ALCOHOL CONSUMPTION AND CORONA VIRUS DISEASE Alcohol use is a global health concern, ranking seventh among the leading causes of death and disability.  Alcohol consumption is associated with many serious illnesses including liver cirrhosis, dementia, cerebellar ataxia, nutritional deficiency, etc and it is also a major risk factor for road traffic accidents. Despite these healthContinue reading “ALCOHOL CONSUMPTION AND CORONA VIRUS DISEASE”


Psychogenic non-epileptic seizures (PNES) are common in clinical practice. The diagnosis of PNES is commonly missed or delayed. The diagnosis of PNES should be suspected, if a person has repeated seizures despite being on good anti-epileptic drugs. Other features that help in accurate diagnosis of PNES are: 1. The semiology of non-epileptic seizure is unlikeContinue reading “PSYCHOGENIC NONEPILEPTIC SEIZURES”

Calcified Enhancing Solitary Cysticercus Granuloma causing Focal Seizures

Solitary cysticercus granuloma (SCG) is a common cause of seizures in India as well as several other countries. The granuloma can be a cause of chronic epilepsy. In some cases, the granuloma resolves within a few months, however, it can last for several years in many patients. Calcification is a sign of healed SCG. EnhancementContinue reading “Calcified Enhancing Solitary Cysticercus Granuloma causing Focal Seizures”

Dysembryoplastic Neuroepithelial Tumor (DNET) causing Refractory Focal Seizures

Dysembryoplastic neuroepithelial tumor (DNET) is relatively uncommon benign tumor, responsible for causing partial seizures in children, many of those cases may be medically refractory. The most common location is temporal lobe, as in this case (about 65% of cases). About 20% cases involve frontal lobe. The remainder of cases involve caudate nucleus, cerebellum and pons.Continue reading “Dysembryoplastic Neuroepithelial Tumor (DNET) causing Refractory Focal Seizures”

Subependymal Calcification Demonstrated on SWI MRI in a Case of Tuberous Sclerosis

Tuberous sclerosis is a multi-systemic genetic disease, which predominantly manifests with seizures and cutaneous manifestations (such as adenoma sebaceum). Abnormalities on brain scan include cortical tubers, subependymal nodules (sually calcified) and subependymal giant cell astrocytoma (SEGA). MRI is usually preferred over CT scan as tubers and SEGAs are better appreciated on MRI as compared toContinue reading “Subependymal Calcification Demonstrated on SWI MRI in a Case of Tuberous Sclerosis”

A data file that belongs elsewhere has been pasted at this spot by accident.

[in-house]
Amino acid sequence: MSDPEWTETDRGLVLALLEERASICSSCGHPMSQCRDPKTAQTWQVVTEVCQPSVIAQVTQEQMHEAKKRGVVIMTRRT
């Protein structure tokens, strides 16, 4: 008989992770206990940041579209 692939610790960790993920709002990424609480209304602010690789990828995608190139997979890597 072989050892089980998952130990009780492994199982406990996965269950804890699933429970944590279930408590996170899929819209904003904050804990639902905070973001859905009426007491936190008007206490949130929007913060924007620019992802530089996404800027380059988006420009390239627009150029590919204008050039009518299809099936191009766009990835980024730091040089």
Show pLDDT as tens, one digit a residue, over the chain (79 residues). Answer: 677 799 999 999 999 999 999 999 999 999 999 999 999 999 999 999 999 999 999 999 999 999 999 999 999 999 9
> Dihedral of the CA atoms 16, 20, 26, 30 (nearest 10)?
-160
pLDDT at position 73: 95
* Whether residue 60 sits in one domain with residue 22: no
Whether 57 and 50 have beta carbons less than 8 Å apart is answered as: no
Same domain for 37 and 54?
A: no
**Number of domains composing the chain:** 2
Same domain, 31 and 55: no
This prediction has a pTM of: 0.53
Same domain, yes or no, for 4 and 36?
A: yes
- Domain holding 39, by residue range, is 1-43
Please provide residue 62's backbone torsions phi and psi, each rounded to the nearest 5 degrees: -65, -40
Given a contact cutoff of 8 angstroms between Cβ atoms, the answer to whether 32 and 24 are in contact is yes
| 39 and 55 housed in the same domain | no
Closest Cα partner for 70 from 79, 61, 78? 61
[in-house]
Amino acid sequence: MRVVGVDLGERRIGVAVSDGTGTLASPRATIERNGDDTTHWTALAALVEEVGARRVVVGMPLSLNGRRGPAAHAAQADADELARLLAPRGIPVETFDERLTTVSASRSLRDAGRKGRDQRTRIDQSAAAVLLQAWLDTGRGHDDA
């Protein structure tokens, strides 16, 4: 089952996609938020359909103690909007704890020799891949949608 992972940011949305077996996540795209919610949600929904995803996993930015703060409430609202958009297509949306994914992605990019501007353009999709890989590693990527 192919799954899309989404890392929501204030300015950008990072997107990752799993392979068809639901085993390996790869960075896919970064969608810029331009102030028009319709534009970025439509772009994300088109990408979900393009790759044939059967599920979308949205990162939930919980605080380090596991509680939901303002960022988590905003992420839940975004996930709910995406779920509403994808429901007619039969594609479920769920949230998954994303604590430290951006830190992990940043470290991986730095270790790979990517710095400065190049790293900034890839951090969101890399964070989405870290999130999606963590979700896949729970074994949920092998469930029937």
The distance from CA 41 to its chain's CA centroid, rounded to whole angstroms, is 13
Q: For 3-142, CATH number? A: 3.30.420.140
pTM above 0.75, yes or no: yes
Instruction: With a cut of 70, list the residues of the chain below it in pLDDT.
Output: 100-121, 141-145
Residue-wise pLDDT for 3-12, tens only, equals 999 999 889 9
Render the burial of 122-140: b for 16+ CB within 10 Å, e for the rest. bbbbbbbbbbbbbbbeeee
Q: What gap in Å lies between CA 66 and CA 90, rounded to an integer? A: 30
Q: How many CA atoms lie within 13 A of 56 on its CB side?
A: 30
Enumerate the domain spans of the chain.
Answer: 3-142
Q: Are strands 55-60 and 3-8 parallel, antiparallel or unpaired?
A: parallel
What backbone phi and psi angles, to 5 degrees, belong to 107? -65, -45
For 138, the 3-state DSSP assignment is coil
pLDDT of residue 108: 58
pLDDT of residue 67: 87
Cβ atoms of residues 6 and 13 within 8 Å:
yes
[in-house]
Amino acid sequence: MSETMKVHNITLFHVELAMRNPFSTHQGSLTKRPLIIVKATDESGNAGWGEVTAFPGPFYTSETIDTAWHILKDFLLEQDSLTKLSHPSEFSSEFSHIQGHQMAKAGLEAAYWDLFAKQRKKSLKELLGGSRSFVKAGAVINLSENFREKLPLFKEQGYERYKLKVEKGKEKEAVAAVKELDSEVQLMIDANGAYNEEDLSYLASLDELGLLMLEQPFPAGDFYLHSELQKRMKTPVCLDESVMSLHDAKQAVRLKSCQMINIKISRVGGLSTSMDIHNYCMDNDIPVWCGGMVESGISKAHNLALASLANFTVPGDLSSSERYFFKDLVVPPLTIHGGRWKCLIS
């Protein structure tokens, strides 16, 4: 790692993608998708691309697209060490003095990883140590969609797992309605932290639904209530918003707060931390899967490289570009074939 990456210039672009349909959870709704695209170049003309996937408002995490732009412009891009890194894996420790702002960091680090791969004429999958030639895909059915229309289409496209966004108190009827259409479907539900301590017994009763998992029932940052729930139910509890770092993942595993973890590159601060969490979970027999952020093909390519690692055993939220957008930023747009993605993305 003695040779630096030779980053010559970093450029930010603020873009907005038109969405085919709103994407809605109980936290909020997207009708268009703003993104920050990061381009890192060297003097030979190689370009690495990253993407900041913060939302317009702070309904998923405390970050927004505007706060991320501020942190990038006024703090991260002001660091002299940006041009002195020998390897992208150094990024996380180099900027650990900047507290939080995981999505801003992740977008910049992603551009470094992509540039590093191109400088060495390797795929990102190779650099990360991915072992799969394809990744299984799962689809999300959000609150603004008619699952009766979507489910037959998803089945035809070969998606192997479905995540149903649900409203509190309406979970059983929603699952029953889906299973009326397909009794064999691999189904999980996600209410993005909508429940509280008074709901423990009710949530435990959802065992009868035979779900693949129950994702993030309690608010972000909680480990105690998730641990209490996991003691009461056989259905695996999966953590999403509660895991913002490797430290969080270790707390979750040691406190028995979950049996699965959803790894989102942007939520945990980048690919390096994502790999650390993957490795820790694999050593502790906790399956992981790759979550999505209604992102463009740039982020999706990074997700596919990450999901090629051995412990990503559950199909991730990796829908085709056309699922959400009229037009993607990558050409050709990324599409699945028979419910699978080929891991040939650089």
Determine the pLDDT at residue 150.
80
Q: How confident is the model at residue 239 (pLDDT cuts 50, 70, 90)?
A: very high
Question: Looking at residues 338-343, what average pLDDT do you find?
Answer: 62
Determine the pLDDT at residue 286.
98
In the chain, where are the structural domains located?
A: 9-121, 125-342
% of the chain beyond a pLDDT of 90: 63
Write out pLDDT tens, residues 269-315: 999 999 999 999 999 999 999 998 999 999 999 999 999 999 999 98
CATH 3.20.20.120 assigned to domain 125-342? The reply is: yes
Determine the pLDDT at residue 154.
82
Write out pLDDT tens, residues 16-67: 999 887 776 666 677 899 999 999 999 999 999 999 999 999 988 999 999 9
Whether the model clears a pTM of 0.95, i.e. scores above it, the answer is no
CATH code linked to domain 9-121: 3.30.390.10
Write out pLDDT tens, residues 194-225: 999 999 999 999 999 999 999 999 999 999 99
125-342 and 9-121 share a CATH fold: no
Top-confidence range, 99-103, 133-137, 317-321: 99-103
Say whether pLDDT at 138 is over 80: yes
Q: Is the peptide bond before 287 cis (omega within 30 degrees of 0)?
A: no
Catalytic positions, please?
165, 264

Psychogenic Non-epileptic Seizures

Psychogenic non-epileptic seizures are common. These seizures are not due to epileptiform discharges in the brain and EEG recording during the seizure episodes are normal. On careful history taking, an underlying stress or psychiatric diagnosis can be found in most of these cases. These are also referred to as pseudo-seizures, hysterical seizures or dissociative (conversion)Continue reading “Psychogenic Non-epileptic Seizures”

Focal Cortical Gliosis and ULEGYRIA Causing Focal Epilepsy

Focal epilepsy affects only one side of body and in most cases, consciousness is preserved during seizures. However, in some cases, seizures can spread to the opposite side (known as secondary generalisation), which can lead to loss of consciousness. In several cases of focal epilepsy, structural changes on MRI can be seen. This case isContinue reading “Focal Cortical Gliosis and ULEGYRIA Causing Focal Epilepsy”

Natural Progression of Neurocysticercosis Without Treatment

Single lesion of neurocysticercosis (tape worm infection of brain) is a common cause of seizures. In most of these cases, only anti-epileptic drugs (AEDs) are advised. Anti-helminthic treatment with albendazole is usually not recommended, as most of these lesions spontaneously resolve over time. This is in contrast to patients with multiple brain lesions in NCC,Continue reading “Natural Progression of Neurocysticercosis Without Treatment”


Neurocysticercosis (NCC) is one of the commonest causes of symptomatic epilepsy in India and many other countries. It is caused by Taenia solium (tapeworm infection). On CT scan, signs of active (alive) worm include: 1. Perilesional edema (seen as hypodensity in plain and contrast images, 2. Enhancement of lesion (disc-like or ring like) on contrastContinue reading “CALCIFIED ACTIVE NEUROCYSTICERCOSIS”

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